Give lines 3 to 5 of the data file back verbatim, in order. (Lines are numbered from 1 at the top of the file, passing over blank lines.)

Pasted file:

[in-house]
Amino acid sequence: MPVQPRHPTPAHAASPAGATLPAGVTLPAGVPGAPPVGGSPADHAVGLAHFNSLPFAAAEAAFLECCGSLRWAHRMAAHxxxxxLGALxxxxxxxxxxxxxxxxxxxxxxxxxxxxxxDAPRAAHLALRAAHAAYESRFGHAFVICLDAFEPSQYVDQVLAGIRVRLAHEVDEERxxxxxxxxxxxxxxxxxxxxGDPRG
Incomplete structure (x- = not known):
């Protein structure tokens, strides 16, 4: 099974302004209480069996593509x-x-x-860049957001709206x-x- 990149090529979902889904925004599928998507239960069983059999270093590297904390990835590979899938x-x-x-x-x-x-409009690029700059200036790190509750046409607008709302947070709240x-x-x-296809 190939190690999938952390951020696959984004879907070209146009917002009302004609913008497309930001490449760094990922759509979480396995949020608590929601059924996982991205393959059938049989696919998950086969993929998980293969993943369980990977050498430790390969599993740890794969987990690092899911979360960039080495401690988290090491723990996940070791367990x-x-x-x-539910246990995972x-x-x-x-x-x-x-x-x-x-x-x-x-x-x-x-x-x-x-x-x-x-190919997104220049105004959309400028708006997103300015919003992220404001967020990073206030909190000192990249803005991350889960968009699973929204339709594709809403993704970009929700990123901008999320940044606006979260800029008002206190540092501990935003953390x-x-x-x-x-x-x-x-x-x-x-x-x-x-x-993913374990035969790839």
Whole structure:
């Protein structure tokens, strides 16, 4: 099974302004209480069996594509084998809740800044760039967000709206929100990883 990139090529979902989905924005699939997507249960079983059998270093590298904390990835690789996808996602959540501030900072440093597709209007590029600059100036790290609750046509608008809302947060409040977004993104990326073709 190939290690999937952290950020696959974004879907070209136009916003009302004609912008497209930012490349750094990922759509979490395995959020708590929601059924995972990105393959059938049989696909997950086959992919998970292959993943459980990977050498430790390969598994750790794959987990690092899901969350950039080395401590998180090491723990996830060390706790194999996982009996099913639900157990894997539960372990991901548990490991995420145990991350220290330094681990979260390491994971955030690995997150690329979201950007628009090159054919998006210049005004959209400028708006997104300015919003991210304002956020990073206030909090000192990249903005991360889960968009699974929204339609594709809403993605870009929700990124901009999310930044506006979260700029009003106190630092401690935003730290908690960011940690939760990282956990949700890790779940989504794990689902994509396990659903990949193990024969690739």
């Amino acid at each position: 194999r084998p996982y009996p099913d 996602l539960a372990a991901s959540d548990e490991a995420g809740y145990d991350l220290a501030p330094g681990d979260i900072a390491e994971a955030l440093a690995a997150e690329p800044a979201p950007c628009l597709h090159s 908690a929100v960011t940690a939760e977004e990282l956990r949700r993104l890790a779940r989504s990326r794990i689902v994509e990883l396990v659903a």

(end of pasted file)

Incomplete structure (x- = not known):
């Protein structure tokens, strides 16, 4: 099974302004209480069996593509x-x-x-860049957001709206x-x- 990149090529979902889904925004599928998507239960069983059999270093590297904390990835590979899938x-x-x-x-x-x-409009690029700059200036790190509750046409607008709302947070709240x-x-x-296809 190939190690999938952390951020696959984004879907070209146009917002009302004609913008497309930001490449760094990922759509979480396995949020608590929601059924996982991205393959059938049989696919998950086969993929998980293969993943369980990977050498430790390969599993740890794969987990690092899911979360960039080495401690988290090491723990996940070791367990x-x-x-x-539910246990995972x-x-x-x-x-x-x-x-x-x-x-x-x-x-x-x-x-x-x-x-x-x-190919997104220049105004959309400028708006997103300015919003992220404001967020990073206030909190000192990249803005991350889960968009699973929204339709594709809403993704970009929700990123901008999320940044606006979260800029008002206190540092501990935003953390x-x-x-x-x-x-x-x-x-x-x-x-x-x-x-993913374990035969790839």
Whole structure: